John Davis

Written by John Davis

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Is Your VO2 Max High Enough to Prevent Heart Disease?

As Runners we believe our sport is truly the best out there. We know how great our community is, how supportive we are of one another, and we understand how runners are able to make a 180 degree turn from “never running again” to signing up for the next within a matter of hours.

People run for a lot of reasons:

It’s fun, it’s exciting, it lets you spend more time outdoors, and it’s good for your health.

This final point is important to many runners, and there’s quite a lot of evidence that exercise can help ward off debilitating conditions like heart disease and cancer.

A recent study found that individuals with a higher VO2 Max were not only at a lower risk of heart disease and certain cancers, but by increasing your VO2 by a minimal amount, you can seriously reduce your future risk. We show you how to find yours.

Is Running the cure?

A scientific study published last month is making waves in the medical community, but not because it contradicts this common knowledge. Rather, it found that yes, being aerobically fit does reduce your risk of heart disease and some cancers, but it also reduces your risk of death even if you’ve already got cancer or heart disease.

The study, published by Susan Lakoski and colleagues in JAMA Oncology, tracked almost 14,000 men over a period of 38 years.1

At the study’s outset, the men—most of whom were age 40 to 50 at the time—underwent a thorough medical exam, which included a graded exercise test on a treadmill to determine their aerobic fitness level.

Over the subsequent four decades, the researchers used records from Medicare to track the rate of colorectal cancer, lung cancer, prostate cancer, and heart disease among the study’s participants. The researchers then sorted the study’s subjects into categories based on their performance in the graded exercise test.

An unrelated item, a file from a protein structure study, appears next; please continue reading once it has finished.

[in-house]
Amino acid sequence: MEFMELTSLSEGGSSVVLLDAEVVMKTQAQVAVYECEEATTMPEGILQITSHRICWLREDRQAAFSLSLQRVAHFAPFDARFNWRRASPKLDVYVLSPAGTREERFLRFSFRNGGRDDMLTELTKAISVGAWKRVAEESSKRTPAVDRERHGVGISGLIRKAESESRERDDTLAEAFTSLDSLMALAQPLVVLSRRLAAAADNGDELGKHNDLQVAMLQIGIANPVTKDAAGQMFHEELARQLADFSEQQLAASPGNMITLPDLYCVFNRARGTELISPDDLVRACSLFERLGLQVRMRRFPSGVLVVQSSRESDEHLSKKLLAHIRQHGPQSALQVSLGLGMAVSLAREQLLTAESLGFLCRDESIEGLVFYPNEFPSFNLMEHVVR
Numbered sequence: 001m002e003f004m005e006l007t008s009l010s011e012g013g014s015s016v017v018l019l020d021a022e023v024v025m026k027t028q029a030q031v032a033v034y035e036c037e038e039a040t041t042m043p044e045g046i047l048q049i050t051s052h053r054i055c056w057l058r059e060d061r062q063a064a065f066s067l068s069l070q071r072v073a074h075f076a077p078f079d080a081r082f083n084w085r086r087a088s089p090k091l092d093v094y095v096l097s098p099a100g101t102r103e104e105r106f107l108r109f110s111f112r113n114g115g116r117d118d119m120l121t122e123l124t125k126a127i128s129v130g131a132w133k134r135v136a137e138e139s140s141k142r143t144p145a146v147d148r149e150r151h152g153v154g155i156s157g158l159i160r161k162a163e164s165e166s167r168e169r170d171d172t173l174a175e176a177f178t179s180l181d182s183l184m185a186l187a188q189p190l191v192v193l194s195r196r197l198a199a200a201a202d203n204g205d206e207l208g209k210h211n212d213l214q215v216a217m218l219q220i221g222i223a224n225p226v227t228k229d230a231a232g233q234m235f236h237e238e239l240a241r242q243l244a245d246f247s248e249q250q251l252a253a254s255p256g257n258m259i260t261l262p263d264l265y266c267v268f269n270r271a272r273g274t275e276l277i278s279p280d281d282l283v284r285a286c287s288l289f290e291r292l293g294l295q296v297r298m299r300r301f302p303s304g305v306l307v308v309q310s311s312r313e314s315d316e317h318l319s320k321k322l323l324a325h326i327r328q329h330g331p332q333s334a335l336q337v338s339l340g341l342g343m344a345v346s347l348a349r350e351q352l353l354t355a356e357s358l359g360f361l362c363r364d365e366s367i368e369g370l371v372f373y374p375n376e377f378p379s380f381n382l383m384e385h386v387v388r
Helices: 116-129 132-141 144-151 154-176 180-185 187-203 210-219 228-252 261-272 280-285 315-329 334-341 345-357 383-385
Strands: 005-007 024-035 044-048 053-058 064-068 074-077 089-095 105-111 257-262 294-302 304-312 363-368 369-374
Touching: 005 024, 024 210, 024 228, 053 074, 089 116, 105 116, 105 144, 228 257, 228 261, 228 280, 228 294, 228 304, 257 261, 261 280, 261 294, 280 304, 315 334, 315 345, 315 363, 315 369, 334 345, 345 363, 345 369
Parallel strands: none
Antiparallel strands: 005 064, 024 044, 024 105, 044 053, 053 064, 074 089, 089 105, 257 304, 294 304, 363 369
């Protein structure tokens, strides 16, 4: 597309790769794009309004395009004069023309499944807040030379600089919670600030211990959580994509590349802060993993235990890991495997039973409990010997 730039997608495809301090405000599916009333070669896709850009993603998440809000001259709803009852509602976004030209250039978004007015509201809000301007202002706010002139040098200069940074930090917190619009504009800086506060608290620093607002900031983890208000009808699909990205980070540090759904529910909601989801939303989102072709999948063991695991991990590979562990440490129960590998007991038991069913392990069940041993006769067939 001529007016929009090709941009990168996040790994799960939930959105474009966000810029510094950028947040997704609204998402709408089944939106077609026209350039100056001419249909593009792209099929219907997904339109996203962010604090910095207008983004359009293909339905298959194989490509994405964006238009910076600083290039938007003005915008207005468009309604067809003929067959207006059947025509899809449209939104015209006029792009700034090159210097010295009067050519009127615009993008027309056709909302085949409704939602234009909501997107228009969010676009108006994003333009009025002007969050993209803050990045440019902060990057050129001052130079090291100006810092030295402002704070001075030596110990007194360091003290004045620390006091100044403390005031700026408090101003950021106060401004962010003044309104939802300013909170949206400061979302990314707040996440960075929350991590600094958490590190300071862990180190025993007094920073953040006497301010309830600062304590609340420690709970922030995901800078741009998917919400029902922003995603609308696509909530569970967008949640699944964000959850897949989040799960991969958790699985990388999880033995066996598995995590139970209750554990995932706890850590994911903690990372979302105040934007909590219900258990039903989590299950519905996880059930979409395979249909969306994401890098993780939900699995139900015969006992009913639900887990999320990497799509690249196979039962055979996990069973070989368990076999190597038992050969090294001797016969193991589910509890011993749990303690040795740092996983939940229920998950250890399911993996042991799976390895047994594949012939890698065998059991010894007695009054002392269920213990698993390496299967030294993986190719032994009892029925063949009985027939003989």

Here’s the deal:

Statistical analysis, which controlled for possible confounding variables like smoking status, showed this:

Among men who were healthy at age 65, those whose aerobic fitness test was in the highest 20% had a 55% lower risk of developing lung cancer and a 44% lower risk of developing colorectal cancer when compared to the least-fit 20% of men.

The most fit men also had less than half the risk of death from cardiovascular disease when compared to the least fit men.

Surprisingly:

Even among those who were diagnosed with cancer or heart disease, the men who were aerobically fit in midlife fared better than those who were not.

Among men who developed lung, prostate, or colorectal cancer after age 65, the fittest 20% reduced their risk of death from cancer by a third compared to the least fit 20%.

It gets better:

The fit cancer patients’ risk of death from heart disease dropped even more, plummeting two-thirds compared to the unfit patients. The authors note that reducing cancer survivors’ risk of death from other diseases, like heart disease, will be increasingly important in the future, as cancer survival rates are steadily improving.

Does this apply to me?

This is all fantastic news for runners, but how do you tell if you’re fit enough to be in that top 20%? The authors of the study used a fairly simple treadmill test, but reproducing that test requires a specialized treadmill capable of very steep inclines.

However, the actual data collected from the treadmill test wasn’t very complicated—they just recorded how long each man lasted on the incremental test before quitting from exhaustion.

The researchers used a formula to derive an estimate of the men’s VO2 max (a standardized measurement of aerobic fitness), then used these values to sort the men into high, moderate, and low fitness groups.

How do I compare to the runners in the study?